It is really worth reading the short journal or mini-biography Boogard wrote shortly before his death. The Times has a eccentrically-formatted facsimile of it as well as a transcription (click the "text" tab). It is such a vivid account of growing up on the Prairies in youth hockey culture - it is rare to see such an unlaundered, unedited, so intensely naive account of that way of life. I found myself completely drawn into it - it's comparable to another Canadian classic of working-class memoirs: Roger Caron's Go-Boy.

The facsimile is perhaps a sad window into disordered thinking.

Anyway, Boogard had a lot of fights in Junior and took a lot of shots to the head before he learned how to really use his size. With his limited ice time I wonder if he is the key case of CTE being caused by hockey fights versus the repetitive head-smacked-into-boards scenario. It seems in the NFL that it is the routine smacking of heads - subconcussion trauma - which may be causing the problem as much as the big impact concussions. I guess what I am saying is, the means by which CTE is produced in Hockey is not yet understood. Boogard's fate suggests fighting, but Rick Rypien's fate - a fast skater who could really play, got significant ice time all through junior, and delivered a lot of hits along the boards as well as fought a fair bit - suggests it is not necessarily that simple.
posted by Rumple at 9:44 AM on December 6, 2011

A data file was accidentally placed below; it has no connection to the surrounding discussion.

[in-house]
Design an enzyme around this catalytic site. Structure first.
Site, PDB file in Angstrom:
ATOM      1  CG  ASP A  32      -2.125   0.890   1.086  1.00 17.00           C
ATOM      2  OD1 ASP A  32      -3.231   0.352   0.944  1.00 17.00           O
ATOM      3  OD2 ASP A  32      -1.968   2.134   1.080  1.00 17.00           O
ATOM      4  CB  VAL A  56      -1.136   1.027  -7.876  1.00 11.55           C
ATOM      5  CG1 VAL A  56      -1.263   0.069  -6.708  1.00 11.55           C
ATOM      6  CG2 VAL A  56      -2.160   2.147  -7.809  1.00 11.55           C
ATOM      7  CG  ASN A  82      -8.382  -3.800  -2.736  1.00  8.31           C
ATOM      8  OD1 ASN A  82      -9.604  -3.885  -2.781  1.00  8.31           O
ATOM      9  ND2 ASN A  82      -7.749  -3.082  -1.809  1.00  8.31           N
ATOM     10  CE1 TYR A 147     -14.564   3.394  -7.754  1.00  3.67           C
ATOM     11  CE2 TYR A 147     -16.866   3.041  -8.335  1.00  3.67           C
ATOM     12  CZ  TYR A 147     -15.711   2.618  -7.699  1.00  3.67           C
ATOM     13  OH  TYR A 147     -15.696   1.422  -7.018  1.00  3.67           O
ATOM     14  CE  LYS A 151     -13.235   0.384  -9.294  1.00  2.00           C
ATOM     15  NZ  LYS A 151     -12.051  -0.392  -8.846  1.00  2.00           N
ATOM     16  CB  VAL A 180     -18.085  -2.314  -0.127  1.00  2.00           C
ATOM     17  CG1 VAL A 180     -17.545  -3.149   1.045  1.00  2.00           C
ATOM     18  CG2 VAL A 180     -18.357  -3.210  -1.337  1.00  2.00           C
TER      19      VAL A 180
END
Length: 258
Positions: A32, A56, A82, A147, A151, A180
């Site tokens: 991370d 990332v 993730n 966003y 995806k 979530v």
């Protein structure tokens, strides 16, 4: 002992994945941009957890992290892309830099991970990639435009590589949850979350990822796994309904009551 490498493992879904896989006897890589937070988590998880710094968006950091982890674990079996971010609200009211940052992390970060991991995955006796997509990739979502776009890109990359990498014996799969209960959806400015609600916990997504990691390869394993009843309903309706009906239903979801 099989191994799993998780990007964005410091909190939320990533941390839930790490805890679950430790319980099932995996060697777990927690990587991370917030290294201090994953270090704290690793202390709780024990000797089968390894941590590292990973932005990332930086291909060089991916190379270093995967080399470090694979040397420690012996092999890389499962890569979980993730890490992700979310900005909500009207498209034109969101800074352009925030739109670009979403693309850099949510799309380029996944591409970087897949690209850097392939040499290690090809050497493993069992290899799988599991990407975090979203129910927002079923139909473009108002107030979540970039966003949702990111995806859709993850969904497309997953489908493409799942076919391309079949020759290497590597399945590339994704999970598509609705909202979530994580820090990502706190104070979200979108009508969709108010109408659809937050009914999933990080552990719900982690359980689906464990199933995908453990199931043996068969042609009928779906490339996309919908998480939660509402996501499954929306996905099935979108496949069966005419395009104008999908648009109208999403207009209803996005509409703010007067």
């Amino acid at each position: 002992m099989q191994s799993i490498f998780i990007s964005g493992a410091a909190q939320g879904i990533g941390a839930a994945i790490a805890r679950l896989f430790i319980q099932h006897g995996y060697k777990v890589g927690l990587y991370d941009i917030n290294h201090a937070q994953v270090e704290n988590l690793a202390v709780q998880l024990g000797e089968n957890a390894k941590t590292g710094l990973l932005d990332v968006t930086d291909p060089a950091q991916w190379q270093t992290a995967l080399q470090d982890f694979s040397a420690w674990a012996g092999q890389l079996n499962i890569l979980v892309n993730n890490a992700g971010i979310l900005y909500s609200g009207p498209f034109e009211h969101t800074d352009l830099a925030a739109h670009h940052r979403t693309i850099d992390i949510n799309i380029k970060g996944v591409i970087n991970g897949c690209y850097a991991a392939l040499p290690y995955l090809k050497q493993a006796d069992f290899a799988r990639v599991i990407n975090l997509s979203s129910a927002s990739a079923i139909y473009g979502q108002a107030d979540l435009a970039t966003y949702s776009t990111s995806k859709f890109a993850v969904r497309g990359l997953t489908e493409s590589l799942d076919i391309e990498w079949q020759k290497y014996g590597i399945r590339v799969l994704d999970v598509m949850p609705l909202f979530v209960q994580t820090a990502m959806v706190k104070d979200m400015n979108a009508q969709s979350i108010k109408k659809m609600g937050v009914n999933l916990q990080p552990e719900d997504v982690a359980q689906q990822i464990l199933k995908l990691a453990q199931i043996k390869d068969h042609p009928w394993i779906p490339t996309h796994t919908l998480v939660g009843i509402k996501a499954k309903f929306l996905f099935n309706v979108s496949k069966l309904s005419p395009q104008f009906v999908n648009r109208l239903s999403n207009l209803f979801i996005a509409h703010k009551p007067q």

Name me one other professional sport where the idea of letting the players police themselves is accepted

Baseball.
posted by yerfatma at 9:48 AM on December 6, 2011


Again, not defending fighting in hockey, but have you ever heard an offensive lineman describe in detail what goes on out of sight inside a big pile-up, especially after a fumble? Shit does get sorted out on the field in football, it just doesn't make the highlight reels.

The major difference for me from the self policing behavior in other sports (throwing a fastball at a guy's torso in baseball, biting somebody at the bottom of a pile up in football, or stomping on someone with your cleats in rugby), is that the self-policing behavior in the NHL directly contributes to causing permanent lifelong injuries like brain damage.
posted by burnmp3s at 9:48 AM on December 6, 2011


Hockey is about a hundred times faster than American football. It's just not a useful comparison.

So because the game moves too fast for the ref to catch everything, we have to allow the players to sort things out?

I play hockey. I know exactly what goes on in the corners, in front of the crease, and in the scrums. I've been blindsided a few times. I've been in hockey fights.

I also used to play rugby, which is a fast moving high contact sport. I know what goes on in the scrum, the ruck, and the maul. With only one referee on a field of 30 guys hitting, kickng and grabbing each other, we never had a single fight.

So what's the difference? It's a culture thing. In hockey, there seems to be an accepted belief that the refs and the league won't or can't deliver the appropriate punishment that doesn't seem to be present in other leagues.